How presenting imperfect work can help

Details 09/9/2009 Categories Filoflow.
Discussing how presenting imperfect work can help isn't meant to be an excuse for lazyness. And get over any thoughts of excusing the fact that you've simply run out of time and haven't been able to finish either.

During the course of a project, (not necessarily design based) you'll probably have several stages where you'll need to present work in progress to your client. It makes sense that at each stage, depending on what you've agreed to do, you'll want to present the best work that you can. However, I've found that producing your best work in progress can also mean leaving out some features and leaving in bugs.

Consider applying "imperfect" carefully

Any suggestion here of presenting imperfect work should be considered carefully when you create work for a client and is merely an added thought process which you could use to help in developing any projects further, collaboratively and with respect to the client. You'll need to understand your client a little to implement this too. Let me explain.

Work in progress presentations are exactly that, and are intended to present how a project is going to the client, so that they can be assured that things are working as scheduled and to their specifications.

Ambitious clients

I've found that projects that I've worked on rarely stick to specifications that were made at the start, so these presentations are often open to the client throwing in their own solutions, ideas and development "advice" based on their own expertise. I think this is completely normal and acceptable and there can be many reasons for this - the client needs to get their opinion in (ego possibly?), they need to feel like they're doing their job or they genuinely believe that they've given good feedback advice.

The client can also be quite ambitious in their ideas without heed to perhaps a pre-agreed project budget, so any discussion of "new" work needs to be reined in.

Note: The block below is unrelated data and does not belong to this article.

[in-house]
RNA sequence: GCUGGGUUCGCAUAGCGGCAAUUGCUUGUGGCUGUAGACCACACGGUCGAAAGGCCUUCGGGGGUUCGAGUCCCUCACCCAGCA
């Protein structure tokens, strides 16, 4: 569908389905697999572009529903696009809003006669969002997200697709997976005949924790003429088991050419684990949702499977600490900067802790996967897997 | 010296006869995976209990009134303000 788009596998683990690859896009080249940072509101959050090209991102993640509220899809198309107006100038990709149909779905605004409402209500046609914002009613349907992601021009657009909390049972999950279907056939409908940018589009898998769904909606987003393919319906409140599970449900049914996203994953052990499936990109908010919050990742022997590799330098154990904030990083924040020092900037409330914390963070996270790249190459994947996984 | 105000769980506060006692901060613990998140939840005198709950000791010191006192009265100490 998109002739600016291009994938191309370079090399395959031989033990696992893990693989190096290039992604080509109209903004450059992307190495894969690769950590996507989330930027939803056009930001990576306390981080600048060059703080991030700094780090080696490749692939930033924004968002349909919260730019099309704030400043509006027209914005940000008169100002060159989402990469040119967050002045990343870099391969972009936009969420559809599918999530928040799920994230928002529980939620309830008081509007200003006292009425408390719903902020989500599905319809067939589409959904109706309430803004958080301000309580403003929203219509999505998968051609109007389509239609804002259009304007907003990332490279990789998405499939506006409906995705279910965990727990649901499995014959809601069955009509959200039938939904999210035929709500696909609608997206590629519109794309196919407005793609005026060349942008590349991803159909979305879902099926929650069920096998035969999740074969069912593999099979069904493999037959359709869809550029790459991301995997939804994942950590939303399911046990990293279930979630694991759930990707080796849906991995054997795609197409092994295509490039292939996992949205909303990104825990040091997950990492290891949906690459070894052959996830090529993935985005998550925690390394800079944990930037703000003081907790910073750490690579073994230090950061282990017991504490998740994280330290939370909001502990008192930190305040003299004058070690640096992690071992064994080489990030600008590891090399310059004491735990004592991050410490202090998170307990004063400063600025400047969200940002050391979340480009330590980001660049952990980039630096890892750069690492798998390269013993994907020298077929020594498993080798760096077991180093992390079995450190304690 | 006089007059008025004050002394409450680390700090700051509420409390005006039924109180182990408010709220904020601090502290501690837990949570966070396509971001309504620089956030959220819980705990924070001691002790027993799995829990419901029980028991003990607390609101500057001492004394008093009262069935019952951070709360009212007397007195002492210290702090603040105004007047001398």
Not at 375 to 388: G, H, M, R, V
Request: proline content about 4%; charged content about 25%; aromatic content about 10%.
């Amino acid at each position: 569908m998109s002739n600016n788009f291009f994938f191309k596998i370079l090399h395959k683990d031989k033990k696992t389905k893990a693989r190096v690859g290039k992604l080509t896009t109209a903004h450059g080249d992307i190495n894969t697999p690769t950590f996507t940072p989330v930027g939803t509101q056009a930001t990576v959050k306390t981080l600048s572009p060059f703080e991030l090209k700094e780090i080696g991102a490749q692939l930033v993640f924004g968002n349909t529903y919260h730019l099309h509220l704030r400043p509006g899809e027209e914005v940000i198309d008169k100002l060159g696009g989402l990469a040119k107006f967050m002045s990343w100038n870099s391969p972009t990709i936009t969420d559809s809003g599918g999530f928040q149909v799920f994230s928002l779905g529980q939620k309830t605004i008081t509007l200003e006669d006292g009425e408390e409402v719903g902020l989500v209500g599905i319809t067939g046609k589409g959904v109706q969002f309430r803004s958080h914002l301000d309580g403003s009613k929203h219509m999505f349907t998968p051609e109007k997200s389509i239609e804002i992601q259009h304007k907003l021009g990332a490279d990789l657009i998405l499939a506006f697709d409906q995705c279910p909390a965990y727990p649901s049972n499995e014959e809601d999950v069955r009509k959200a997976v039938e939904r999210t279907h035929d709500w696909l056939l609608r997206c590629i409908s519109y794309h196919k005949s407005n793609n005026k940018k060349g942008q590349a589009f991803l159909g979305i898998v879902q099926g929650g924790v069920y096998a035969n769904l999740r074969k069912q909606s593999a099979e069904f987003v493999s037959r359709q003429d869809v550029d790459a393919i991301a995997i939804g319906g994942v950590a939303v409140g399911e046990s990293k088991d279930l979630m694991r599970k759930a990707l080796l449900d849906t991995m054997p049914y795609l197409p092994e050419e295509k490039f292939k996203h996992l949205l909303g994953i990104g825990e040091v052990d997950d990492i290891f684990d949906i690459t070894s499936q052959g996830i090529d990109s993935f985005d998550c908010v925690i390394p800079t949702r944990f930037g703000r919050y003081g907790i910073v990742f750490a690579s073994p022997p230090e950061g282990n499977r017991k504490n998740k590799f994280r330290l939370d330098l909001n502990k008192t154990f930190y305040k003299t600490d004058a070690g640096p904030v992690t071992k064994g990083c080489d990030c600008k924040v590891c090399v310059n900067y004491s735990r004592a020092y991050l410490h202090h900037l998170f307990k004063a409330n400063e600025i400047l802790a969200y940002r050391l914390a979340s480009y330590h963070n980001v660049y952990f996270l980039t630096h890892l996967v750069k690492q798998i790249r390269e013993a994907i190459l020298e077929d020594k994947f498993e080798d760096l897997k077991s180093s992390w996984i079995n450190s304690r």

Imperfect work opens discussions that the client contributes to

If you find yourself in these "grey" specification areas, leaving the work slightly imperfect can help to leverage the situation. For example, you could be creating an interface for a question and answer survey but leave out an obvious feedback indicator for the user. Of course, you will have prepared yourself by thinking through how it could work, but the issue could be discussed in your presentation, you propose solutions, the client can resolve it with their suggestions and thus, will have done their job.

How you deal with your presentations depends on your client and your working relationship, and of course, you may have done a good job as expected by the client and they are simply happy to tell you to carry on.

However, you'll need to do your homework, but leaving work "imperfect", could give rise to greater collaboration between yourself and the client, opening up synergies between your expertise and the knowledge the client has of their market.

Alternatively, assuming you think through your own work processes carefully and thoroughly, knowingly presenting imperfect work and then opening up discussions keeps you in control and you won't be thrown by the client questioning ill-considered work.

Things to consider are:
  • Leave work imperfect by all means, but during work in progress, not in the final product!
  • Don't go too far in leaving mistakes - you'll just look incompetent.
  • Know your client and their expectations to judge how imperfect to be.
  • Leaving work imperfect and leaving features out can be too different things, depending on your project spec. (Leaving features out could lead to project phase extensions and new budgets.)

Ultimately, any process you adopt in the course of a project should aim to deliver the best work you can do in collaboration with the client's expectations.


<< Previous Entry
Next Entry >>


Design & Art Direction
East Asian Culture
Living in Hong Kong
Living in London
Made By Mark
News & Views
Self Development